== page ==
Century Media

Heaven Shall Burn – Of Truth & Sacrifice Review

Heaven Shall Burn – Of Truth & Sacrifice Review

“We’re currently living in some batshit crazy times, friends. Between the United States being heavily divided to the point where people within their own political wheelhouses are fighting with each other, political tensions throughout the world where another war could erupt practically any minute, and now COVID-19 wrecking havoc on our daily lives, it’s not an easy time for anybody. There’s enough anger to go around to power a small nation, and very few metalcore bands channel that anger as effectively as Heaven Shall Burn.” Double the anger.

Wolf – Feeding the Machine Review

Wolf – Feeding the Machine Review

Wolf came into being in the mid-1990s just as the metal scene was poised for a big retro nostalgia trend. A product of their time, they followed the lead of acts like Hammerfall and jumped aboard that “let’s do the 80s metal thing all over again” train with enthusiasm. Their 1999 debut mixed speed and traditional metal influences in ways big and small and managed to impart a degree of youthful vim and vigor to the olde timey sounds. As the band grew and evolved they continued to mine the 80s for all they were worth. After 2014s Devil’s Seed the band went silent and underwent personnel shuffles. 6 years later they reemerge from their steely cocoon with a new lineup, grisly, Korn-esque cover art and 8th album, Feeding the Machine.” Feeding time at the petting zoo.

Dark Fortress – Spectres from the Old World Review

Dark Fortress – Spectres from the Old World Review

“Back in 2014, Madam X covered the release of Venereal Dawn by Bavarian brutalists Dark Fortress. Our Marchioness de Machiavelli didn’t particularly care for the album’s progressive expansion of melodic black metal. I, on the other hand, adored it. Since Morean joined forces with V. Santura, their sonic shade has substantially deepened. The duo’s combined involvement in projects as diverse as Alkaloid, Triptykon, Noneuclid and Hannes Grossmann has wrought one my favorite writing partnerships in extreme metal. Six years on, and Dark Fortress are poised to drop eighth album Spectres from the Old World.” Old world, new blackness.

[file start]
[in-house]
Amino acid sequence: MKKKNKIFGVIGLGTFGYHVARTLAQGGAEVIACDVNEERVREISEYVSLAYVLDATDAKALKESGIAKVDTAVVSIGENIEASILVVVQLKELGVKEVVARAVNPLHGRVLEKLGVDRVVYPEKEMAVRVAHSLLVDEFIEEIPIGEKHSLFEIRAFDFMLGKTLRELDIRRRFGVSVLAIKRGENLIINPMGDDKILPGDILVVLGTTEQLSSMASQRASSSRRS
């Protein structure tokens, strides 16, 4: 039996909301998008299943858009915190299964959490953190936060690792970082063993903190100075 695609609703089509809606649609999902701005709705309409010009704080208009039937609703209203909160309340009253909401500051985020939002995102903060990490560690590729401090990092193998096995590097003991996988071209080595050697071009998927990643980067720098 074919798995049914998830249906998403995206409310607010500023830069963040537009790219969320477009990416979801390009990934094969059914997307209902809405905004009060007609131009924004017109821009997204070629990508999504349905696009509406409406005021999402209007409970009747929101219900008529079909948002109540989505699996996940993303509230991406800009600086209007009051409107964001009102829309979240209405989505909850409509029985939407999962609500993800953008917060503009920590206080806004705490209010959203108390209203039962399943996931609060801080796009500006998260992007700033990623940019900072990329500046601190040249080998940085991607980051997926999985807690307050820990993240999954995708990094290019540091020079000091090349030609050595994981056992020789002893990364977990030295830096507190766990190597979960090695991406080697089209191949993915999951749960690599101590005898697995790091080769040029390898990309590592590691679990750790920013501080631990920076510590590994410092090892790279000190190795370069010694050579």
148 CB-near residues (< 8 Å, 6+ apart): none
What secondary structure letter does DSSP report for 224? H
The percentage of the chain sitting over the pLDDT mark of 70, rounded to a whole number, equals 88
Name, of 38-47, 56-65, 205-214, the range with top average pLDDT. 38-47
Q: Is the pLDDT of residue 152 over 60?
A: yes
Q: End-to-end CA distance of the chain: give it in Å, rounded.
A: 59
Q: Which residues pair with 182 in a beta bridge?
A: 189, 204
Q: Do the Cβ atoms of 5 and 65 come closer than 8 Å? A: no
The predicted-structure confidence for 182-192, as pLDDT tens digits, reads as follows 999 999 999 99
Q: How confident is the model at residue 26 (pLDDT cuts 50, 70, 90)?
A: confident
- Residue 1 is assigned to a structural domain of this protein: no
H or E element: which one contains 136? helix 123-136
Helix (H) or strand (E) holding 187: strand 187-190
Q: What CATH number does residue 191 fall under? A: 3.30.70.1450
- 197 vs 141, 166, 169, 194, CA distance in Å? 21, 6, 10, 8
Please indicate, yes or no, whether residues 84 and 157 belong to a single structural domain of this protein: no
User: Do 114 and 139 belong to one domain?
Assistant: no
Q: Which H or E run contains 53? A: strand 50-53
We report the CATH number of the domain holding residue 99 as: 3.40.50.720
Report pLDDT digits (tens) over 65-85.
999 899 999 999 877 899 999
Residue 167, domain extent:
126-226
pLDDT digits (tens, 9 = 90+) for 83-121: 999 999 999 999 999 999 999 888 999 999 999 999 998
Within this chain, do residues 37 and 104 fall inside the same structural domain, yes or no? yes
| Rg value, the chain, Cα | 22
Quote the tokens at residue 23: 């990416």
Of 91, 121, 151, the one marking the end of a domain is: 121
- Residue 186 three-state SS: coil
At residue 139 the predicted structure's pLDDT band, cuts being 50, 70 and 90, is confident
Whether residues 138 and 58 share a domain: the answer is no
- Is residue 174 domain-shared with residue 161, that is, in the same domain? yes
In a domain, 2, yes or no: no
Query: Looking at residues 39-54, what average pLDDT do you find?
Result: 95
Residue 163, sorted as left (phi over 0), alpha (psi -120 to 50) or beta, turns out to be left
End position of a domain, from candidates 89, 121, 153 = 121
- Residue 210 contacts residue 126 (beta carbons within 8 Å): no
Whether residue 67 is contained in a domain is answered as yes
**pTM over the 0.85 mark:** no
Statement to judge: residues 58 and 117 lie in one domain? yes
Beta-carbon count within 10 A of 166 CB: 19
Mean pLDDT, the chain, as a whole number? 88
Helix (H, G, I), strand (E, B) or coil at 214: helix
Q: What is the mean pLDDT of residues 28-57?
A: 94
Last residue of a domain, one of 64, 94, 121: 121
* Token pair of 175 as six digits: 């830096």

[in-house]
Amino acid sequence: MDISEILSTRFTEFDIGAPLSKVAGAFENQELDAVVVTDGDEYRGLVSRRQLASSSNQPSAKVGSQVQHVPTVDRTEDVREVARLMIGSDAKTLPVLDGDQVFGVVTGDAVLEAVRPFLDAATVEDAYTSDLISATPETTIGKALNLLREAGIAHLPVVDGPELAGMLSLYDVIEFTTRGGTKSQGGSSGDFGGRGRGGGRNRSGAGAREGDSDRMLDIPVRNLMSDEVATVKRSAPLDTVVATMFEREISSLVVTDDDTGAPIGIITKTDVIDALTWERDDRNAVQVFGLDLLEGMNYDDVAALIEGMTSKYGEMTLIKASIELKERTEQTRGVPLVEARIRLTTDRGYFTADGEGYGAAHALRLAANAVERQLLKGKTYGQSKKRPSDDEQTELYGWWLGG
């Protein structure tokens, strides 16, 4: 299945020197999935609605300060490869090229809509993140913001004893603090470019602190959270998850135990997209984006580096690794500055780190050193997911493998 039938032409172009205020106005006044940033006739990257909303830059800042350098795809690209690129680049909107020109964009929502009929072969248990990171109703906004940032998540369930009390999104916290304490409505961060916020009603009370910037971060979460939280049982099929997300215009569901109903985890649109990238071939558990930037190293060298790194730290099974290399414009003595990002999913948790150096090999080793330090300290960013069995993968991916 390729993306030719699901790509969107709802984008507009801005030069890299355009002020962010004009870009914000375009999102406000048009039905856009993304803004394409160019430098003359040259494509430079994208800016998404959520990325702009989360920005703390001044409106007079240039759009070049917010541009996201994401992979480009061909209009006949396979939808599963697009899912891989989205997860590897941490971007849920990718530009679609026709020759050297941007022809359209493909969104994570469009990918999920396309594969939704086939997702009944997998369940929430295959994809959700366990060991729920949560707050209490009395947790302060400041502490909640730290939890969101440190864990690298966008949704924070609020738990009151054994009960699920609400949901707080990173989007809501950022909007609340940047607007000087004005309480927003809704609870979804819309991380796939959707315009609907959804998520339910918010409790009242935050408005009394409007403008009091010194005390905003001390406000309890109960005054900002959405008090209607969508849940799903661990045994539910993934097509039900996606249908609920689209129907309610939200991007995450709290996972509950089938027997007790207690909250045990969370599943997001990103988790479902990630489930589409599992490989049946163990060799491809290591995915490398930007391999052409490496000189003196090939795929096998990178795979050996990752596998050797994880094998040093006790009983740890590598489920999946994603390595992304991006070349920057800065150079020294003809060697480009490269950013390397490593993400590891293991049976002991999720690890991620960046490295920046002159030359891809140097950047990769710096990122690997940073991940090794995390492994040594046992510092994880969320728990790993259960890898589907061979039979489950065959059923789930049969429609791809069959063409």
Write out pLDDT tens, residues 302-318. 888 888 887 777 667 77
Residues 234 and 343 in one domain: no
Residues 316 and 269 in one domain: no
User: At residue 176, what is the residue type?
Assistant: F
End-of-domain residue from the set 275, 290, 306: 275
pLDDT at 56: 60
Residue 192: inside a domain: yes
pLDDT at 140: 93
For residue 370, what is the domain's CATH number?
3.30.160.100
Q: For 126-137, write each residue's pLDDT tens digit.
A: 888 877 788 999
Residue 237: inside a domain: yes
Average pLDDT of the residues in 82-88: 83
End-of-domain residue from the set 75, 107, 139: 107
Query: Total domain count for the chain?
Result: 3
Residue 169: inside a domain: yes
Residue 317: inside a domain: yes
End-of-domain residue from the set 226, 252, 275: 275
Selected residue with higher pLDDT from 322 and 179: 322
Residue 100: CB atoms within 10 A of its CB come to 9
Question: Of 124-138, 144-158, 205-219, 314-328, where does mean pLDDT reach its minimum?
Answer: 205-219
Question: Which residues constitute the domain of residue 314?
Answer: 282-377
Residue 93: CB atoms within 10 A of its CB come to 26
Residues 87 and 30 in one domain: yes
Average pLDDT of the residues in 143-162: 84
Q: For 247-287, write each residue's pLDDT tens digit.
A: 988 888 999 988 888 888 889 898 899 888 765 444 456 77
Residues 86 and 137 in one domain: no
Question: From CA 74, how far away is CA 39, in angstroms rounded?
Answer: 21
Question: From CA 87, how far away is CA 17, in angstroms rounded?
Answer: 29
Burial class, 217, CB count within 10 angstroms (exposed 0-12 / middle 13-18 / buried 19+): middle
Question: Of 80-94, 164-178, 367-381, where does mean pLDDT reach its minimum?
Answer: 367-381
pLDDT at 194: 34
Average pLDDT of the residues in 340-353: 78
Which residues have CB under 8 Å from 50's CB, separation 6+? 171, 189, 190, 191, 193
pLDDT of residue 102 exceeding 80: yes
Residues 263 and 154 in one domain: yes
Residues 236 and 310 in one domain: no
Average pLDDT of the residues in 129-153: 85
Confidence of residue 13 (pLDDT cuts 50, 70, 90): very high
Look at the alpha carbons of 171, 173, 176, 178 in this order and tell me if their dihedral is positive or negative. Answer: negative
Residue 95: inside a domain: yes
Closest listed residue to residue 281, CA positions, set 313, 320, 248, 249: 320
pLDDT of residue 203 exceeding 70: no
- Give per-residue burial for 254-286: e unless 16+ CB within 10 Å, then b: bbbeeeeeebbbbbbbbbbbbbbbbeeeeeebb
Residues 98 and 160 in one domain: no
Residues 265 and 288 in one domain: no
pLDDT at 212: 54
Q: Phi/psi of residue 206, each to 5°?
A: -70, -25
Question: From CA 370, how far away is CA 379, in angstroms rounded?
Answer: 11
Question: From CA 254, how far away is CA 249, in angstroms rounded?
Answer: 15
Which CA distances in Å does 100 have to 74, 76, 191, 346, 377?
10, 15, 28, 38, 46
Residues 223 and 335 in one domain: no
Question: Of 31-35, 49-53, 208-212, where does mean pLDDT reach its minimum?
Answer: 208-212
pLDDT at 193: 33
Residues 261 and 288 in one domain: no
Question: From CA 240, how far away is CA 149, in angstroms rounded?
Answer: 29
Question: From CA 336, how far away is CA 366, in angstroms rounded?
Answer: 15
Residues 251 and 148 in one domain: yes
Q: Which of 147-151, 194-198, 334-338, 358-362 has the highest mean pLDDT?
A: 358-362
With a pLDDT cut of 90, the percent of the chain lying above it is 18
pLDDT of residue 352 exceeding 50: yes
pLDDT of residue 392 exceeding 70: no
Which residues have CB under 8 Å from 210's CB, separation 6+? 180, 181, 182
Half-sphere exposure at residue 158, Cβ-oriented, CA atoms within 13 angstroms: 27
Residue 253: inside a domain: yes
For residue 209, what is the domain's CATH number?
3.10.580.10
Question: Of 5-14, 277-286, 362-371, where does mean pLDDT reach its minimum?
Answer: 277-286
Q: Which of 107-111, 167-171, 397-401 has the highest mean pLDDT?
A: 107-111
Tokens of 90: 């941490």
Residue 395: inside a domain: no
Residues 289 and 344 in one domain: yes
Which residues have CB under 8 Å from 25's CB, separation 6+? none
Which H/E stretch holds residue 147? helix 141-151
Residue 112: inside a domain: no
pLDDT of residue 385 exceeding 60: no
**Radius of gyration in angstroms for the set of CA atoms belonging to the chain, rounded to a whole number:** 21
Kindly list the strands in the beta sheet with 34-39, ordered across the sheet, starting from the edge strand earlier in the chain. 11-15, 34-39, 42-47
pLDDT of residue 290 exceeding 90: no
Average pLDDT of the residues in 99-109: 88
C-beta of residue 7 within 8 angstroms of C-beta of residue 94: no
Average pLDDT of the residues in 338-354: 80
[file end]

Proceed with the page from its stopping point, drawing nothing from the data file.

Body Count – Carnivore Review

Body Count – Carnivore Review

“My love of Body Count should come as no surprise to longtime readers at this point. However, I’ve been somewhat skeptical of the band’s output since their reformation/comeback in 2014. Manslaughter and Bloodlust each had their moments, but new band members and attempts at modernization had resulted in something of an identity crisis. On Carnivore, Body Count‘s third album since said comeback, I can’t help but wonder: which version of the band will show up?” Ice T-Bone.

Demons & Wizards – III Review

Demons & Wizards – III Review

Blind Guardian has always fed my fantastical appetite through the years—providing me with stories and full concept records at a pace and with a passion that is pure fun. Then, there’s Iced Earth. A band that has given me plenty of headbangable moments and vivid imagery through their own concepts—even crushing my spirit at times with heartbreaking ballads and war/lost-love themes. When I first heard Demons & Wizards, I realized it was no different. In a single band, I could experience the storytelling nature of Blind Guardian and the crushing, yet crippling character of Iced Earth. For two—now three—records, this has been the goal of this power-metal duo. But, fifteen years is a long time to go without your partner-in-crime. Even identical twins can lose a connection after a decade-and-a-half of separation. So, what’s that mean for Kürsch and Schaffer and their precious III?” Two Demons, one Triwizard Cup.